Nonformulary drugs are reviewed case by case. Few other health systems — e.g., DoD, Medicare, and Medicaid — have formularies as restrictive as the VA’s formulary. However, manufacturers can pull multiple levers to improve their VA formulary preference. Overall, the increased community physician spillover created by the MISSION Act may incentivize drug manufacturers to improve their products’ positioning on the VANF, especially because formulary controls and adherence under this expanded system remain to be tested.
Greater Exposure to Providers: The MISSION Act provides funding dedicated to better administration of the Choice Act program, which is expected to result in better physician reimbursement, and therefore improved rates of physician participation. Community providers are required to adhere to the VANF, which includes working directly with the VA to adjudicate nonformulary medical exceptions. This may lead to improved exposure for manufacturers with community physicians for therapies that are preferred on the VANF, especially in regions with a high concentration of veterans.
Potential for Improved Retail Access: The time and effort involved in coordinating prescriptions and adjudicating reimbursement under the current model may prove too cumbersome for the VA’s already overburdened system, prompting the VA to allow a more meaningful retail access option in the future.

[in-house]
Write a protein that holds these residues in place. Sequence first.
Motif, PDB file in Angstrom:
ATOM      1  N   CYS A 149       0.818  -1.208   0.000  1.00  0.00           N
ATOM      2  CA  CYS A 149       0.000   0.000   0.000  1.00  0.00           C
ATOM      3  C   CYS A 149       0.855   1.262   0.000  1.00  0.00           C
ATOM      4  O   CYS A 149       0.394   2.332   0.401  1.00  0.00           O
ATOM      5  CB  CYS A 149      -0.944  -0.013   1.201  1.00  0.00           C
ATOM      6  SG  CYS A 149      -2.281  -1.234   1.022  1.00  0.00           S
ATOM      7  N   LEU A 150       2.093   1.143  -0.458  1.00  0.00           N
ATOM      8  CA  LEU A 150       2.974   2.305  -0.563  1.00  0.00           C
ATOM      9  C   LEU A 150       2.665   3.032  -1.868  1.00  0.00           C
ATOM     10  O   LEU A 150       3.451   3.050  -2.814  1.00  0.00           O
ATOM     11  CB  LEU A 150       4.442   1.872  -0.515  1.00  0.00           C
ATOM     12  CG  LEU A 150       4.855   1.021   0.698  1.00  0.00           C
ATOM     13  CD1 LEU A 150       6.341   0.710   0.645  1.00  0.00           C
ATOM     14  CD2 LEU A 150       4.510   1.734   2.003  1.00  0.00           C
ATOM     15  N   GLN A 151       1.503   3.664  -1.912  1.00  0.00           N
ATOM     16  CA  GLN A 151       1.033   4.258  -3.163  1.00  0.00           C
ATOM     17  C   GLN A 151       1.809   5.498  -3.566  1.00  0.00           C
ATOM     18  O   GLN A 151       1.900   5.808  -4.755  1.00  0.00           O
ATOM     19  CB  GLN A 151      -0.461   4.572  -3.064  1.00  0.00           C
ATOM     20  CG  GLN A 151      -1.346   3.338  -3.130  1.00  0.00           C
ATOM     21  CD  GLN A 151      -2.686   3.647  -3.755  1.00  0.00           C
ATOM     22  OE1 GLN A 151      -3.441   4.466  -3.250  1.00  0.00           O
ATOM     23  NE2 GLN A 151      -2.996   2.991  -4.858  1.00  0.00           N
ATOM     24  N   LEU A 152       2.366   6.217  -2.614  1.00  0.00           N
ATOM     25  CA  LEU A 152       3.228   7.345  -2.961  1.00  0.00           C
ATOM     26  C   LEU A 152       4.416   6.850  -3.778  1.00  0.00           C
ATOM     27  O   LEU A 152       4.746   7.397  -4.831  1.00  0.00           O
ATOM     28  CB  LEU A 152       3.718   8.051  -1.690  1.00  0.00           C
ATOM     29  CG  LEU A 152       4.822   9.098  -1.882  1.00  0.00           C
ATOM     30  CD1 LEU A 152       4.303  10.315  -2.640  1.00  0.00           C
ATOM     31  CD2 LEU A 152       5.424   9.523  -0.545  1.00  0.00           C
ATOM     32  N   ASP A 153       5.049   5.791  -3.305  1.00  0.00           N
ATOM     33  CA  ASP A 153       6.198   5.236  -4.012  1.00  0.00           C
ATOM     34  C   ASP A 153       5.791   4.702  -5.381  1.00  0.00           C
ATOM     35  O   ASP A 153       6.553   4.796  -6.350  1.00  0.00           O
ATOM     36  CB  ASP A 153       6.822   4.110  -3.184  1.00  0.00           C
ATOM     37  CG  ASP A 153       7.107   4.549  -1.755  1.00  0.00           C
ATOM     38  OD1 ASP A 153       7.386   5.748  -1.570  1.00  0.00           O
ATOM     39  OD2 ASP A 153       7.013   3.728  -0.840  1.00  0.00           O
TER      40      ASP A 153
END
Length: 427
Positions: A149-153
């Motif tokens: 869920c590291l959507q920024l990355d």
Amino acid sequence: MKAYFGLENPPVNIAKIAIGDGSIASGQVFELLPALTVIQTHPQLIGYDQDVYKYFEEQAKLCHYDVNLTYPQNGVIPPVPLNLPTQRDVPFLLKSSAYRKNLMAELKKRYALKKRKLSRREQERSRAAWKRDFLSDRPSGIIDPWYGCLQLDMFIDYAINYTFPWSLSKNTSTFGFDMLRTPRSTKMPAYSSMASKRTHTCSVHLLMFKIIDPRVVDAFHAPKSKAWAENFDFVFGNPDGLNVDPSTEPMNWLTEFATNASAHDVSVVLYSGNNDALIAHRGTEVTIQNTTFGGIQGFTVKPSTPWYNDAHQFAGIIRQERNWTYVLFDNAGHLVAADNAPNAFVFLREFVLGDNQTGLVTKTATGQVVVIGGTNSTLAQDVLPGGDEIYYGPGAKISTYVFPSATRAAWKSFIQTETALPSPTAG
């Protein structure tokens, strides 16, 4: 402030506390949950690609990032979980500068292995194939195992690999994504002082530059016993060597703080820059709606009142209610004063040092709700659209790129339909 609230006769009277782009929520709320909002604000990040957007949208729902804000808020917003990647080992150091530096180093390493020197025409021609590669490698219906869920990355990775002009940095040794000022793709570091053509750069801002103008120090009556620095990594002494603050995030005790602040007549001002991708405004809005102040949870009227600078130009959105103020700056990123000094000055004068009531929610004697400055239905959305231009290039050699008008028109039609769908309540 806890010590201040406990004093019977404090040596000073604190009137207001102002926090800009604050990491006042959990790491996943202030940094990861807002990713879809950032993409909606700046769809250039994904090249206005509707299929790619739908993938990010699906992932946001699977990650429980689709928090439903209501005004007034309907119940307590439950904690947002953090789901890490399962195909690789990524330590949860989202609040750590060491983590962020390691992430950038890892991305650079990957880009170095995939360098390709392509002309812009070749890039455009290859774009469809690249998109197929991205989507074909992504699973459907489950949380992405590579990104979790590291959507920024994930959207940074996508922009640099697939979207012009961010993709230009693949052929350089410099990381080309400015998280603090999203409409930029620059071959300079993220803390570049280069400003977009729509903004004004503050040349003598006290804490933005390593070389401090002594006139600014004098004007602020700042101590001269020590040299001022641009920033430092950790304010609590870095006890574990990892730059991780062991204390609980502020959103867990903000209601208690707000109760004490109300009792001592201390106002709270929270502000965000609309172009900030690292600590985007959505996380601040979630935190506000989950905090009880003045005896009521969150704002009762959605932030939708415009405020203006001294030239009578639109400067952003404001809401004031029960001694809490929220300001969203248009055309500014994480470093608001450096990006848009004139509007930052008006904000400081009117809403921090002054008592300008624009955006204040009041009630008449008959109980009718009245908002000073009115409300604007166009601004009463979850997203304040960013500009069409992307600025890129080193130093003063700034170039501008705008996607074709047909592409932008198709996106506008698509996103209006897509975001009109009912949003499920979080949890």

More Influence: If the VA patient set is significantly different from the civilian population seen by a physician or at a community hospital/clinic, drug manufacturers with treatments for related conditions might have a larger amount of overall exposure and influence.
Better Data Exchange and Insights: The MISSION Act will improve health data exchanged for veterans seeking care through the community care program. The VA has long been reluctant to share patient data. The Act mandates the VA share health economics research (HER) data with non-VA providers to include medication prescription information, with the intention of improving prescription drug monitoring. This could provide insights related to the VA Choice population volume and other relevant data, which has been difficult to obtain with the DoD Tricare model.
Continuing a push for better access to care and vital medications for the nation’s veterans will be important going forward. They face a range of personal, societal, and logistical barriers in accessing care. Every stakeholder across the healthcare continuum should recognize the importance of removing barriers to care and improving quality of life for those who have sacrificed their well-being for the good of their nation.
Cheryl Nagowski is senior director of Federal Markets at D2 Consulting; 1-650-296-9216; firstname.lastname@example.org.